Chapter 1

Chapter 1 - Chapter1 Howgrouplife

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Chapter 1 The Sociological Perspective 
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Putting Social Life into Perspective Sociology  is the systematic study of human  society and social interaction Sociologists study societies and social  interactions to develop theories of: How human behavior is shaped by group life How group life is affected by individuals
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Why Study Sociology? Helps us gain a better understanding of ourselves  and our social world Helps us see how behavior is shaped by the  groups to which we belong and our society Promotes understanding and tolerance by helping  us look beyond personal experiences and gain  insight into the larger world order
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Society society  is a large social grouping that  shares the same geographical territory and  is subject to the same political authority  and dominant cultural expectations Examples: United States, Mexico, or Nigeria
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The Sociological Imagination The ability to see the relationship  between  individual experiences  and the larger  society Distinguishes between  personal troubles   and  social issues
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Personal Troubles Personal troubles  are private problems  that affect individuals and the networks of  people with which they associate regularly Example: One person being unemployed or  running up a high credit card debt could be  identified as a personal trouble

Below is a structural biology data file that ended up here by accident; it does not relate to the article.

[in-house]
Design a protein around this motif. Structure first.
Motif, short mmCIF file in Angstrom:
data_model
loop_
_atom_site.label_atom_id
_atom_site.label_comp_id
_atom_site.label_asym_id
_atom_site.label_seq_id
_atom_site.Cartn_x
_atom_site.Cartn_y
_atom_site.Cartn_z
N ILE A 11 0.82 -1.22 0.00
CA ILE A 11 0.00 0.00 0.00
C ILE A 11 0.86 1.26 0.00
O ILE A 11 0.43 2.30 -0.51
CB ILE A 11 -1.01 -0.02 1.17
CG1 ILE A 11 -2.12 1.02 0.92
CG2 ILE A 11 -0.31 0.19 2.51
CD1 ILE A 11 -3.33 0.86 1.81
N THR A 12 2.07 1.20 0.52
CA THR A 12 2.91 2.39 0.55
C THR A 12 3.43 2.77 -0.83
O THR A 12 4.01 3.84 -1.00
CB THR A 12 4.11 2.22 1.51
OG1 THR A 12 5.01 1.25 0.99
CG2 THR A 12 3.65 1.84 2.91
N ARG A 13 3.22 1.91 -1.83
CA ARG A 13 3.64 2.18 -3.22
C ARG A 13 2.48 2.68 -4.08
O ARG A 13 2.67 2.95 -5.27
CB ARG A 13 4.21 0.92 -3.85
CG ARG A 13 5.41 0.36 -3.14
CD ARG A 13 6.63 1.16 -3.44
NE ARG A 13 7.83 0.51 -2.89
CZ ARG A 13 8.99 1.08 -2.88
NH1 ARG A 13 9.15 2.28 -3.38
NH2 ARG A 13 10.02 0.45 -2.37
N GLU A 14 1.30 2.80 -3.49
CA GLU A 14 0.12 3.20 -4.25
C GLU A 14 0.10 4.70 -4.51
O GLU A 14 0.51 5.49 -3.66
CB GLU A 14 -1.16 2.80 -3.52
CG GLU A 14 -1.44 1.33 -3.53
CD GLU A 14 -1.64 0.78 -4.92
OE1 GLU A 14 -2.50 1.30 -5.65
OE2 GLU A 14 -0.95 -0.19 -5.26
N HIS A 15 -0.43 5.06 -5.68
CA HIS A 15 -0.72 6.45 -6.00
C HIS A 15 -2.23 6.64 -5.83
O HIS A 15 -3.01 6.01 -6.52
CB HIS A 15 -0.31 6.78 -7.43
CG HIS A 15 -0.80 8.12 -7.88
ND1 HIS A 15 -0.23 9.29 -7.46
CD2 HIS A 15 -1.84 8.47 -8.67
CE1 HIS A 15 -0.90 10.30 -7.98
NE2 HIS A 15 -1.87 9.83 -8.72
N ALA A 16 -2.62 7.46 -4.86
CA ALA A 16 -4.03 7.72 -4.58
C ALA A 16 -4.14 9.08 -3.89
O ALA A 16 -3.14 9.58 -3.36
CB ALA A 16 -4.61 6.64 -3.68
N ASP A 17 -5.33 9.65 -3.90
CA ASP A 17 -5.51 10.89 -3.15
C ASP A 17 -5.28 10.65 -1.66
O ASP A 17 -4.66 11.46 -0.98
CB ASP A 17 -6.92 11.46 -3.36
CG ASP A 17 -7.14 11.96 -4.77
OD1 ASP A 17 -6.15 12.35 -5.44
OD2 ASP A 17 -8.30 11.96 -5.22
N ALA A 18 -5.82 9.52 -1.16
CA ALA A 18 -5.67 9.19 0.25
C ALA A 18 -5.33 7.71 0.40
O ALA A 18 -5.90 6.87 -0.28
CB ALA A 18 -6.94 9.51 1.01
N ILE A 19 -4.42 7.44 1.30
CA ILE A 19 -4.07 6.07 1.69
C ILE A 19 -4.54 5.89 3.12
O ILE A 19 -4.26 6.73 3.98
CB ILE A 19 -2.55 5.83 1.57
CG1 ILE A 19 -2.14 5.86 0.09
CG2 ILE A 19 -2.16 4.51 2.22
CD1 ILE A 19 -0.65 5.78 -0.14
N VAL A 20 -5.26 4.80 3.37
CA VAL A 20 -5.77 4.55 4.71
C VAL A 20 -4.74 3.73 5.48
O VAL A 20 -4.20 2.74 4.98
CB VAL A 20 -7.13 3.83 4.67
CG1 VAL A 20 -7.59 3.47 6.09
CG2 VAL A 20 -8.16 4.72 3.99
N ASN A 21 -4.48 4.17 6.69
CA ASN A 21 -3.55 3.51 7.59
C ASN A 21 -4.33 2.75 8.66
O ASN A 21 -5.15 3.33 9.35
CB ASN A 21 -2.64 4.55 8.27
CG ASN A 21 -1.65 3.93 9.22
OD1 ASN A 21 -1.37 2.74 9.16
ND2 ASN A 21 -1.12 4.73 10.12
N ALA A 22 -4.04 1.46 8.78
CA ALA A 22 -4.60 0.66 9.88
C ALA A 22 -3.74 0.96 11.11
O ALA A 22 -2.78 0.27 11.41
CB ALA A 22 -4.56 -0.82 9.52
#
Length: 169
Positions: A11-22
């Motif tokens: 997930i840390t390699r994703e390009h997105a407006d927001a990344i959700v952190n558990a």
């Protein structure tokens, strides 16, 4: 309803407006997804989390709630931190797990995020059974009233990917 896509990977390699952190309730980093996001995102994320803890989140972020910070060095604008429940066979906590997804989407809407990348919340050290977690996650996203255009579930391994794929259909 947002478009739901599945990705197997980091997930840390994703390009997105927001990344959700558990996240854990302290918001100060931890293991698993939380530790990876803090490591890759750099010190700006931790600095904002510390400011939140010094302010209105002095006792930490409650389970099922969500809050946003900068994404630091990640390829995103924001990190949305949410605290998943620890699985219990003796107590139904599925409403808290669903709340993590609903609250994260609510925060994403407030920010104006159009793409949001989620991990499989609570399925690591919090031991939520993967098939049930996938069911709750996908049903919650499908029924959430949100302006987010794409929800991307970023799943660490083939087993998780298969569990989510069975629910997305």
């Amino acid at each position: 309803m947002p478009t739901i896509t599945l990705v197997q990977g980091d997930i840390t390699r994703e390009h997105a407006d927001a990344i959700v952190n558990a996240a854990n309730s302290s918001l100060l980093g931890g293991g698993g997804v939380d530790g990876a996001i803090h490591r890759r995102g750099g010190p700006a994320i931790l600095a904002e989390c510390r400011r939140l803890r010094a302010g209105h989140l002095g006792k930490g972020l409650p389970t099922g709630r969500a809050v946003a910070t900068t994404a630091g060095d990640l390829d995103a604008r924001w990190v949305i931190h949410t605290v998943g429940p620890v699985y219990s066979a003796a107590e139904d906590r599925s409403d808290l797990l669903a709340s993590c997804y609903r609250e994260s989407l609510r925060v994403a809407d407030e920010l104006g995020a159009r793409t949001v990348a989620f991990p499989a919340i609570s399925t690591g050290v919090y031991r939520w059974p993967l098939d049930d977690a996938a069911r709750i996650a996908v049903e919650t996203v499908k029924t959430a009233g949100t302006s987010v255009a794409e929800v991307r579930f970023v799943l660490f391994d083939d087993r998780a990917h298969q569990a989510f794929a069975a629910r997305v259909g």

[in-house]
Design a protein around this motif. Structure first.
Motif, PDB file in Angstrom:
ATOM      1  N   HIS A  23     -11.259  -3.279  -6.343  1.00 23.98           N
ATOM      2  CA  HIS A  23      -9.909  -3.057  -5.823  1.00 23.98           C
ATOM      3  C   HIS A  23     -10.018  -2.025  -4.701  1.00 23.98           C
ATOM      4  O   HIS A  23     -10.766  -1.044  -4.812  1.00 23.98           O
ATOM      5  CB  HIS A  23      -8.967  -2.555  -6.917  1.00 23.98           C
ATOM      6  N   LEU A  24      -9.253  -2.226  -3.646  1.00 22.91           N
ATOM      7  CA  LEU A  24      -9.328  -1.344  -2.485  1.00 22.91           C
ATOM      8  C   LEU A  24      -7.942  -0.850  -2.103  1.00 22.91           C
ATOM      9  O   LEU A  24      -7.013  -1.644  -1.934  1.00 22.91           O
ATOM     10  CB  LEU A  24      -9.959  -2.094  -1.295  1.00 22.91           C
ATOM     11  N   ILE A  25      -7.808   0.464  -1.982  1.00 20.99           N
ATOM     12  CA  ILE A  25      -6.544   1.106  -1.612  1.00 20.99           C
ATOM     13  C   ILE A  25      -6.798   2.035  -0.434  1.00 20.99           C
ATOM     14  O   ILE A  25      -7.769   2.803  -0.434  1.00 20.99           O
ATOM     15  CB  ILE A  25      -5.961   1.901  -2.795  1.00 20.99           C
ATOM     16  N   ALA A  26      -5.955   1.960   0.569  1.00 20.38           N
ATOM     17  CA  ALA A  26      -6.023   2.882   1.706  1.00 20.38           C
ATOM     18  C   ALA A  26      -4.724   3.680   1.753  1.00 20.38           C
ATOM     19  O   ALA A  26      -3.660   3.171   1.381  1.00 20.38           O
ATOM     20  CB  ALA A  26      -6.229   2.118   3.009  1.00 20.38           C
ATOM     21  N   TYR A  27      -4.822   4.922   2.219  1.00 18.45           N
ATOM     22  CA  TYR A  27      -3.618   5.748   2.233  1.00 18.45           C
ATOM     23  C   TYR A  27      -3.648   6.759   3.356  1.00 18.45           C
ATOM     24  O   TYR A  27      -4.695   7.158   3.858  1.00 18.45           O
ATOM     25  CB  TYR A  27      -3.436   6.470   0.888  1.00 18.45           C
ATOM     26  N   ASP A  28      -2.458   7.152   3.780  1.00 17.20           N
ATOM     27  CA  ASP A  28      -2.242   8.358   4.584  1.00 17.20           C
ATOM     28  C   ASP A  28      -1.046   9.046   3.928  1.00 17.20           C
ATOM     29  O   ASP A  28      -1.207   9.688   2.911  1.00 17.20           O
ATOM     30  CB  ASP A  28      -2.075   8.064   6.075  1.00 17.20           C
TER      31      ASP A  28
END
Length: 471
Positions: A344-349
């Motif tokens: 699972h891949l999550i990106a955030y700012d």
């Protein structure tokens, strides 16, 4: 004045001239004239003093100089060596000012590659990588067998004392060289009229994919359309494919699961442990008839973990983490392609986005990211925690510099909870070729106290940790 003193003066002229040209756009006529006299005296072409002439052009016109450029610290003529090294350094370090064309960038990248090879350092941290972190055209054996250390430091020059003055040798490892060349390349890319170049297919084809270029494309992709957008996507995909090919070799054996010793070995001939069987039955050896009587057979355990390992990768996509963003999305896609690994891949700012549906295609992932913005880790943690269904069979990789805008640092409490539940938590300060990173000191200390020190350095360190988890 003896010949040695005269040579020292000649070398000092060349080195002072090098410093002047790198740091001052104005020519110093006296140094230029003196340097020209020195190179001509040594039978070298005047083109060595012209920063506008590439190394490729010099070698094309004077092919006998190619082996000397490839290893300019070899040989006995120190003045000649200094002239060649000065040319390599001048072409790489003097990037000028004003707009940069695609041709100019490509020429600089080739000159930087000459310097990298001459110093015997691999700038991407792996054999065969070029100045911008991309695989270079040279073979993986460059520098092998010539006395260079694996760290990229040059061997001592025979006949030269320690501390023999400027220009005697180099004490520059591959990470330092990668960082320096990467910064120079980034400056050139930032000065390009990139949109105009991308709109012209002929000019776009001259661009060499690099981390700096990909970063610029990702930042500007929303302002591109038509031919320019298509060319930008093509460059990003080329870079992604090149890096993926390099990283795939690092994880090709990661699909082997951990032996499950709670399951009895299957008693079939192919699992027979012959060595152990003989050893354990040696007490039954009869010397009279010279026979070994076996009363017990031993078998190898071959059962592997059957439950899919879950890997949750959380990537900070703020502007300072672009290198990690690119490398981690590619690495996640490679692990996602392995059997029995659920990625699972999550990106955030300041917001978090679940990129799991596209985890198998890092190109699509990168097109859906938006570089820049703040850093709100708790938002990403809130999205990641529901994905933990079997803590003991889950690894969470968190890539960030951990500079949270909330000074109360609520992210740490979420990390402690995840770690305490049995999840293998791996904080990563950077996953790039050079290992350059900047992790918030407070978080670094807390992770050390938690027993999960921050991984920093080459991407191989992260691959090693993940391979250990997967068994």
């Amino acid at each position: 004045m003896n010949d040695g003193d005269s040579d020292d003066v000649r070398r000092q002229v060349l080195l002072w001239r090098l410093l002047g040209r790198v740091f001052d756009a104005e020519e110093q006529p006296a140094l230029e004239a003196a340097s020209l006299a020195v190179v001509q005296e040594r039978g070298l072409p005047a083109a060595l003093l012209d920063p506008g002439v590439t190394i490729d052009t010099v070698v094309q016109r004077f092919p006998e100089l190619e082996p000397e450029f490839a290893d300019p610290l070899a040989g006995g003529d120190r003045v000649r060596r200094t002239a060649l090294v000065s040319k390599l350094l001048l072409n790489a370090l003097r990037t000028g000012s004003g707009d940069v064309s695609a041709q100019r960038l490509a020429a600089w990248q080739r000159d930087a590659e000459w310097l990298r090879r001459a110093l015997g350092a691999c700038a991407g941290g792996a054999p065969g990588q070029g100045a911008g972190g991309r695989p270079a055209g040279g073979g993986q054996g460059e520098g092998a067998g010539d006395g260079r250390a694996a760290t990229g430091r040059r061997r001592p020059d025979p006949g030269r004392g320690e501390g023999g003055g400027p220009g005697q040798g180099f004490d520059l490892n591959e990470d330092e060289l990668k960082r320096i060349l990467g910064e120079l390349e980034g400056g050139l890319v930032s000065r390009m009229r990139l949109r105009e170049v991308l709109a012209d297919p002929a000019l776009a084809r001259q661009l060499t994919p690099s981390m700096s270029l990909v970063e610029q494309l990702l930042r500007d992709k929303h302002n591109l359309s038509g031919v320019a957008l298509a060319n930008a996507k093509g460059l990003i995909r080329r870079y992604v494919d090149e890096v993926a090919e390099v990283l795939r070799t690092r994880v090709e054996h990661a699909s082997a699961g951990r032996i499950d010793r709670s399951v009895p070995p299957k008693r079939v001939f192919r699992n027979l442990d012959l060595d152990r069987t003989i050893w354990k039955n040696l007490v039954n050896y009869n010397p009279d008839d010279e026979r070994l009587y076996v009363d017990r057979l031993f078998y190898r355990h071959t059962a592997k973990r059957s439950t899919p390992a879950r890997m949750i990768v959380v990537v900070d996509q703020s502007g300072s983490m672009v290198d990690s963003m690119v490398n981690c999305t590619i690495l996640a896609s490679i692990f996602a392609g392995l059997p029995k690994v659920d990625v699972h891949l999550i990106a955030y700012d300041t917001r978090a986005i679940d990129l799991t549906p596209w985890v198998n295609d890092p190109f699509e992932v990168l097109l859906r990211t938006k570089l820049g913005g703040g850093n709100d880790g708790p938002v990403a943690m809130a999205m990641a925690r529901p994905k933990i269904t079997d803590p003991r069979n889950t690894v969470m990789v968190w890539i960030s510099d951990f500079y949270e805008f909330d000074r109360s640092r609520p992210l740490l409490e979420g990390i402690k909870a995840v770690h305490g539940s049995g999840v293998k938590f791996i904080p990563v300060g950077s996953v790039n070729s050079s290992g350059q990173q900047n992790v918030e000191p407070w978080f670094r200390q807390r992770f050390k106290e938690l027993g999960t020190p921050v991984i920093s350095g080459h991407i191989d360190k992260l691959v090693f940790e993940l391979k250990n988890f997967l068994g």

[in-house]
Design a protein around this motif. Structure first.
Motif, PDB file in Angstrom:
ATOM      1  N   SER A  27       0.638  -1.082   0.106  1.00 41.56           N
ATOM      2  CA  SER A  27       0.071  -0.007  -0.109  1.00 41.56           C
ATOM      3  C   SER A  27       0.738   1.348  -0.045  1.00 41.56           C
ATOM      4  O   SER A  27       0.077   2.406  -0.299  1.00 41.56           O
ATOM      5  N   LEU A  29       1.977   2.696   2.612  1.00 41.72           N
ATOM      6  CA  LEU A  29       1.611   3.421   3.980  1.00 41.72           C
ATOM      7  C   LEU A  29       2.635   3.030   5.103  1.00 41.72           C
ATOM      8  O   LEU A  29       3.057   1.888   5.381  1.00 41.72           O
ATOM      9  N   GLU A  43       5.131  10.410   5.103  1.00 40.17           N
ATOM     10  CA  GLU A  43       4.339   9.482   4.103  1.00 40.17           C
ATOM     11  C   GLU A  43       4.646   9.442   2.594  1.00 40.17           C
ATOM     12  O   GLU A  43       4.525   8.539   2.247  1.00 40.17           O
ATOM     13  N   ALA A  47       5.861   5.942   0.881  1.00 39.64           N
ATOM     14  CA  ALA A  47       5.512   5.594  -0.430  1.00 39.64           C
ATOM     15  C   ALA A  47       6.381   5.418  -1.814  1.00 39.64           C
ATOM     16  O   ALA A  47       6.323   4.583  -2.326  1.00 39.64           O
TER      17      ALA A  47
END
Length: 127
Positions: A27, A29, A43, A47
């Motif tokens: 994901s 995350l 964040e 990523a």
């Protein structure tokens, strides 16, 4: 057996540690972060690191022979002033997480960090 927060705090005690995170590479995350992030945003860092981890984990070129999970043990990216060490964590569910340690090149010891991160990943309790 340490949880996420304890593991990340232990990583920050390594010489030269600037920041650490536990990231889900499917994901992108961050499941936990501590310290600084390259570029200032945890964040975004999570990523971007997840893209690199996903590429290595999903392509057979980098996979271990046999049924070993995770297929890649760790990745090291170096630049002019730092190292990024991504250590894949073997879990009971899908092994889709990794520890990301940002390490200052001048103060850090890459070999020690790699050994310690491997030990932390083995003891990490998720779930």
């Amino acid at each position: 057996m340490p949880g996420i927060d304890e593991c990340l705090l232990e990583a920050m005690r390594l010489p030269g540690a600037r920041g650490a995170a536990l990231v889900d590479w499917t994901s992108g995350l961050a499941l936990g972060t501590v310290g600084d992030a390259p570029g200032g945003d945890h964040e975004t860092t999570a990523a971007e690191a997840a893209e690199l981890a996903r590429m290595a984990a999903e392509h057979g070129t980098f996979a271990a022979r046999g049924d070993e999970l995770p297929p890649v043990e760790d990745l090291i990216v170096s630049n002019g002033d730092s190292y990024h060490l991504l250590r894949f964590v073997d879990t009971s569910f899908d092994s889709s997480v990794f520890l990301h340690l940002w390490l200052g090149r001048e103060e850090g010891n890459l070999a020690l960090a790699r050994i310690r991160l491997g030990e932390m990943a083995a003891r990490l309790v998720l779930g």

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Public Issues Public issues  are problems that affect  large numbers of people and require  solutions at the societal level  Widespread unemployment and massive,  nationwide consumer debt are examples of  public issues
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Importance of a Global Sociological  Imagination Although existing sociological theory and  research provide a foundation for  sociological thinking, we must develop a  more global approach for the future In the 21st century, we face important  challenges in a rapidly changing nation and  world
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High Income Countries Nations with highly industrialized economies;  technologically advanced industrial,  administrative, and service occupations Examples:  United States, Canada, Australia, New  Zealand, Japan, and Western Europe Have a high standard of living and a lower  death rate due to advances in nutrition and  medical technology
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Middle Income Countries Nations with industrializing economies,  particularly in urban areas, and moderate 
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This note was uploaded on 02/17/2010 for the course ? ? taught by Professor ? during the Spring '10 term at Baylor.

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Chapter 1 - Chapter1 Howgrouplife

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